Midge Biter Rally

The smell of engine oil fills the air before suddenly an ear-splitting roar bursts forth like a ravenous beast looking to reclaim its territory as the bikes roar into action.

By The Newsroom
Sunday, 26th June 2016, 7:53 am
Updated Thursday, 25th August 2016, 8:36 pm

As the lead riders gently cruise through Porter’s Lodge, the procession of bikes more than 100 deep behind begin to purr their engines and prepare to follow in the tyre tracks of those in front.

This is Stornoway on anything but a typical Saturday afternoon as the first ever motorcycle rally was staged in the town.

2016 will be remember ed for the rise of the Midge Biter Rally – Lewis and Harris’ first ever motorcycle rally – and an event which has been hailed as a huge triumph.

Well over 100 bikes descended on the rally’s ‘home’ base of Stornoway Golf Club for the event with a massive 104 taking part in Saturday’s ride-out from the town to Rodel, Harris.

“It’s been brilliant and far beyond our expectations,” grinned Louis Morrison, one of six bikers to put their helmets together to create the Midge Biter Rally.

“We all go to rallies all over Scotland and it was on our way back from Shoot The Goose in Skye last year that the six of us just asked ourselves why couldn’t we put on and run an event of our own here? So it began with a post on Facebook from which we had a fantastic response.”

More than 20,000 views were registered on their tentative enquiry to gauge interest on hosting a motorcycle rally in the Hebrides leaving the six, Louis Morrison, David Stewart, Davie ‘Peats’ Macaulay, Karl Scott, David McShannon and John O’Hara, in no doubt that there was significant interest to put the pedal to the metal on the rally.

“We have around 200 bikes here which is amazing,” said David Stewart, “but initially we were hoping for 50 which would enable us to break even. We look like we will be making good money for charity now.”

All profits raised from the rally will help swell the coffers of the local branch of Alzheimer’s and Dementia charities while the influx of so many bikers also has the knock on effect of boosting the local economy at the same time.

“The knock-on effect in the economy is great with all these bikers using the local shops, petrol stations and bed and breakfasts and all the rest,” said Stewart.

“It has been stressful organising it but everyone has been so helpful from the police to the Comhairle. They have all kept us right.

“There was a lot of money required for the start-up costs with all profits going to Alzheimers and Dementia Charities locally. The community here giving us so much.”

The golf club car park was packed with stunning two wheelers, and a quad, throughout the weekend with the hustle and bustle of hundreds of bikers bringing a vitality and shot of life to the town.

Specially commissioned Midge Biter merchandise was pressed and sold for the event with demand outstripping what the boys had printed but all requests for merchandise will be fulfilled with hoodies and t-shirts being mailed out later to those who were unable to get on the day.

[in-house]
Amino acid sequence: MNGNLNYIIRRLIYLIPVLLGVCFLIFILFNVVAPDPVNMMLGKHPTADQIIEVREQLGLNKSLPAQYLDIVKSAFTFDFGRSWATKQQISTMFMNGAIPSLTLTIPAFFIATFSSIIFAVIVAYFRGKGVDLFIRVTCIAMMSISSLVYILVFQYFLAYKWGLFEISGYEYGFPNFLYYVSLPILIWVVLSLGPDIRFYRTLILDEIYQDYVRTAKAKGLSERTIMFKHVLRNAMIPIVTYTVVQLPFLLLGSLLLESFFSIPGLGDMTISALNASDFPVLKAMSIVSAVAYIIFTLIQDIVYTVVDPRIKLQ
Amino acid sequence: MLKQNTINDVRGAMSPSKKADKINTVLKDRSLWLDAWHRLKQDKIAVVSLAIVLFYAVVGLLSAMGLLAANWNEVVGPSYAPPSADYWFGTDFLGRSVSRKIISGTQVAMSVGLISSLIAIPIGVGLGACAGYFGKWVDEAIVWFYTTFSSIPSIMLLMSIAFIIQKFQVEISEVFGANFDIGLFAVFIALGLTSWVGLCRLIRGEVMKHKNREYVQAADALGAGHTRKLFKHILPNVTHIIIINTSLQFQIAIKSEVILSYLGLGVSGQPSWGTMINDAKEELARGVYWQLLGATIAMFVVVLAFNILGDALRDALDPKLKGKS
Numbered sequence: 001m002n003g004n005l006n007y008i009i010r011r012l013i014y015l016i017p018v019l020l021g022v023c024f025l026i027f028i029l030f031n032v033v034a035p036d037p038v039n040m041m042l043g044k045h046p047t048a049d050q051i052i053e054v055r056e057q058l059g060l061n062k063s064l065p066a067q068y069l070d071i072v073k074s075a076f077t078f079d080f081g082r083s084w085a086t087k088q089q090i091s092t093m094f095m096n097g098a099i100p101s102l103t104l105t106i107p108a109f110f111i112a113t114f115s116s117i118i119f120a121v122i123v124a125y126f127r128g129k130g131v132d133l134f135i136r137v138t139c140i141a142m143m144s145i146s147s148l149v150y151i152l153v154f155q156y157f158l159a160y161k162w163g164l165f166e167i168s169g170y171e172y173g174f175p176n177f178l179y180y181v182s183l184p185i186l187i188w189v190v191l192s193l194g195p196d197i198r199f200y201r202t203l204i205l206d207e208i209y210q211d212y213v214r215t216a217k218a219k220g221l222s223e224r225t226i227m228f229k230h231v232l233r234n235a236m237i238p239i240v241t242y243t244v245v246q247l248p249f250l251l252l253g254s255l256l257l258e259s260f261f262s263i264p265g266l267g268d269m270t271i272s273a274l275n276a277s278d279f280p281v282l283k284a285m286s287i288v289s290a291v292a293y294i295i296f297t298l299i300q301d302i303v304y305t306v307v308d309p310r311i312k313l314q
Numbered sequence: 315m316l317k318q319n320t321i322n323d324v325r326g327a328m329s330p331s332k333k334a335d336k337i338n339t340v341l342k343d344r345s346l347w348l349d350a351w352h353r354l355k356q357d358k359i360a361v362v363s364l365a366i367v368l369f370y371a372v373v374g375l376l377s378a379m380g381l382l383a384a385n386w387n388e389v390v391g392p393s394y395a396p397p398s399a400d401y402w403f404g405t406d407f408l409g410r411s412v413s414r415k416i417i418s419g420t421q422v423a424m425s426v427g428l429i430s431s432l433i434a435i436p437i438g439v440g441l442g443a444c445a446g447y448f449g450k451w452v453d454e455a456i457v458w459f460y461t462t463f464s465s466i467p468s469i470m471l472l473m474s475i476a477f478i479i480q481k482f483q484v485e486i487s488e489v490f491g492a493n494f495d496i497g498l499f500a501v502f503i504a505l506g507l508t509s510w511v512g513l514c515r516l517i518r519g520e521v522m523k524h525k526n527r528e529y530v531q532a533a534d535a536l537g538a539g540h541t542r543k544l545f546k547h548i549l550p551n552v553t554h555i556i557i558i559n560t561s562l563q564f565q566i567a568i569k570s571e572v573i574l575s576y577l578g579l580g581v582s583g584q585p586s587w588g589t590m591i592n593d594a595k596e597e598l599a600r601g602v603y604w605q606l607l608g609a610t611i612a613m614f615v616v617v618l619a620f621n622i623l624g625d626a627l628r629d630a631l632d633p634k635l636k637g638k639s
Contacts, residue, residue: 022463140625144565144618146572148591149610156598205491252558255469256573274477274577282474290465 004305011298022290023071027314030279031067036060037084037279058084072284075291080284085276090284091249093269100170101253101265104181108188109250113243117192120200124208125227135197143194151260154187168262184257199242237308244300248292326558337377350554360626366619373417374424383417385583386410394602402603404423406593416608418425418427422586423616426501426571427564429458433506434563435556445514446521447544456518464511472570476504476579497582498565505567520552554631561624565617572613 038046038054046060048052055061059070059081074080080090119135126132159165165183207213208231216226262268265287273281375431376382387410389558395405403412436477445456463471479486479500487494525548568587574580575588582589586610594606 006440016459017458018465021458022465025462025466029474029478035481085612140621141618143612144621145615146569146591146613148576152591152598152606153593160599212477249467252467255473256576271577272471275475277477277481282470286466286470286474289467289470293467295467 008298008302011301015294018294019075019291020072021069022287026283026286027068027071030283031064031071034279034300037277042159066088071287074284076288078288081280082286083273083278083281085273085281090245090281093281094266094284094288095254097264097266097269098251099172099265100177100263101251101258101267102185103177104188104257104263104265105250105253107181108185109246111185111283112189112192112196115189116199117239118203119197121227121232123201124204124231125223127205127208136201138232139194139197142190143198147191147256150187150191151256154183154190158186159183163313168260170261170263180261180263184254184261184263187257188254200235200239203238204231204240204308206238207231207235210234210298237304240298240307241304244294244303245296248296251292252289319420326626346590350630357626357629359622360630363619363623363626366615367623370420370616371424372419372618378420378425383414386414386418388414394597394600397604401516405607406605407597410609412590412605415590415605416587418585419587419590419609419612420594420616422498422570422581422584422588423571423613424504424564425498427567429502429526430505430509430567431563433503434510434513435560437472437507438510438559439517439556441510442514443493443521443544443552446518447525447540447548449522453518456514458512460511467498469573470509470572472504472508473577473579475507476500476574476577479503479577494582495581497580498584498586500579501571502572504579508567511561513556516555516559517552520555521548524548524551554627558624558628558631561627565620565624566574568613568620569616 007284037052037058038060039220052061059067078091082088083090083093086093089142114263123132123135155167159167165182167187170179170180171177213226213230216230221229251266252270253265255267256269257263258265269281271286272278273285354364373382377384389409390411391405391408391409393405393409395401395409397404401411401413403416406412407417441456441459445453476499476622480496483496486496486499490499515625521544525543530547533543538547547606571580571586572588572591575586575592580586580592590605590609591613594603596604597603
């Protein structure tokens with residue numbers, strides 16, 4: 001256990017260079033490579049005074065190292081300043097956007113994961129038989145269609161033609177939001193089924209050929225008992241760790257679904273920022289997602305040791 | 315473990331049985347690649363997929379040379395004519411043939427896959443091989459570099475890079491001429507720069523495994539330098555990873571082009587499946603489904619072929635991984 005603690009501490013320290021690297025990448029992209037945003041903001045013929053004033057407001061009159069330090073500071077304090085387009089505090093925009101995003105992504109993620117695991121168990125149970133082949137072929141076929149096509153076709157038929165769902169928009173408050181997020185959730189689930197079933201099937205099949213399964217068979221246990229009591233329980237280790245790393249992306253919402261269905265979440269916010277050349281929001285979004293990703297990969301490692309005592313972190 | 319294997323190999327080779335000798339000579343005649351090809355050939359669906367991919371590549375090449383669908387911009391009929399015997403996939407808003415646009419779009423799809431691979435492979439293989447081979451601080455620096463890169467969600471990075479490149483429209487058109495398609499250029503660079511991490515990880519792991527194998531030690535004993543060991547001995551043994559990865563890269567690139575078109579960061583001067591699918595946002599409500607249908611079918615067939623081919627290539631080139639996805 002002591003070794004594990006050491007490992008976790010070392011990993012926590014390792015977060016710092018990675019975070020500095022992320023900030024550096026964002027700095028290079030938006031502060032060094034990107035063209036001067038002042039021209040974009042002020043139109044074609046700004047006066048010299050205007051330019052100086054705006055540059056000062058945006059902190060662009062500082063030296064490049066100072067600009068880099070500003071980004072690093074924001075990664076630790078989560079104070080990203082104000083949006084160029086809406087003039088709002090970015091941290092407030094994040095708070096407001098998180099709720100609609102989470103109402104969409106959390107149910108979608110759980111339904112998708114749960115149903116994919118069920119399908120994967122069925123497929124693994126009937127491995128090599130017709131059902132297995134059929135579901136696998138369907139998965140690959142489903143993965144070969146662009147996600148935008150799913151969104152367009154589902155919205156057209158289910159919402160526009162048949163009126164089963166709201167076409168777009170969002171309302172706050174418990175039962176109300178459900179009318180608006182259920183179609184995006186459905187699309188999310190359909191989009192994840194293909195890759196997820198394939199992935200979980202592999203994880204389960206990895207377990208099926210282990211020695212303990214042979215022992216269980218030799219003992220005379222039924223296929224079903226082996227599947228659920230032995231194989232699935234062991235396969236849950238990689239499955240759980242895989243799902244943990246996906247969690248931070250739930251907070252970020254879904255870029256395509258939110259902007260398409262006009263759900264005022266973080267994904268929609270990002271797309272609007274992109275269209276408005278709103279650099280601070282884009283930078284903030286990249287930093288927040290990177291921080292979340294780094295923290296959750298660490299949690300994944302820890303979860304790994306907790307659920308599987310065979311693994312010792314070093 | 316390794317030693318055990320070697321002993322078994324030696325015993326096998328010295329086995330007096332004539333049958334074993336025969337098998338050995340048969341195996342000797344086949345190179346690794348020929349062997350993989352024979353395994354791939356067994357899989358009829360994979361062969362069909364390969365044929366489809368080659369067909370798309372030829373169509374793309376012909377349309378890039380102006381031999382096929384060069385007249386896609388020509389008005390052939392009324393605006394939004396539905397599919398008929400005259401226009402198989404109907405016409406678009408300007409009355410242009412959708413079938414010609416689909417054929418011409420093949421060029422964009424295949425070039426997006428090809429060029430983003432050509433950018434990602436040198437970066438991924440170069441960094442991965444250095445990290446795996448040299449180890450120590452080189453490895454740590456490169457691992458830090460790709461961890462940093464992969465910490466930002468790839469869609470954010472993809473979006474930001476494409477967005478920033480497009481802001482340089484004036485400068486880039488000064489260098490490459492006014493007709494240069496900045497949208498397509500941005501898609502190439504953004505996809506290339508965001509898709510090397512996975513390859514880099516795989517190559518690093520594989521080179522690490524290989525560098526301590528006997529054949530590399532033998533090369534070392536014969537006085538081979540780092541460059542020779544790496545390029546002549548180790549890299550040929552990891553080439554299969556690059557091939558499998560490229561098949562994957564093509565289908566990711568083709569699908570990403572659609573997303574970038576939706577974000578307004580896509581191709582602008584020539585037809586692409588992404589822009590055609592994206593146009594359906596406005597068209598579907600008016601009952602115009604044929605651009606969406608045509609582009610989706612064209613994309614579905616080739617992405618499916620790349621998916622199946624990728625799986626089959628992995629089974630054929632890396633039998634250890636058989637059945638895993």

Louis continued: “It has been learning curve for the first year but things have gone so well there is very little we would change next time.

“The roads here are wonderful and we have some of the best beaches on the island.

“They just love it. A lot of the guys go all over the UK and Europe for rallies. When they visited they are blown away by the town, the people and they can’t get over the quality of the roads and rally food.

“Even the toilets they have described as the ‘poshest they have ever seen at a rally.’”

Among the huge number of bikers were a far travelled couple from south of Manchester who powered over 600-miles of tarmac to take part in the rally – all following the power of social media as first time visitors to the island.

But the 2017 rally has already piqued the interest of bikers from even further afield.

“Already people have been in touch from America, Canada and South Africa regarding next year’s rally so that’ll be a big one and even more diverse,” said Stewart, “this will be a yearly event and we hope it’ll be bigger every year.”

The biggest challenge to the growth of the rally will be getting the bikes across the Minch confesses Louis who is full of praise for all those who have assisted the fledgling project in its maiden year.

“Cal-Mac have been great with us and have tried to squeeze as many on as possible but it isn’t easy and we need to look at it,” he said.

“The biggest problem is the ferry and getting everyone over.

“In addition to all those previously mentioned, The Stornoway Trust as well have been great and some members have bent over backwards to help. The camp site provided is perfect and I think it’s the first time that particular site has ever been used.”

Live music from local bands Trouble Is and The Broken Ravens were among the weekend’s highlights, after the bikes were parked up for the night, while Darkcall were the Saturday night musical delight.

As the riders reflected on a weekend which will live long in the memory all who attended agreed the rally packed a Lion sized bite rather than that of a Midge and 2017 can’t come quick round enough.

“We did ok for six idiots,” adds Louis with a grin.

“It’s nice to see the town busy and with something different.

“Everybody is gaining and the rally is a winner for everyone.”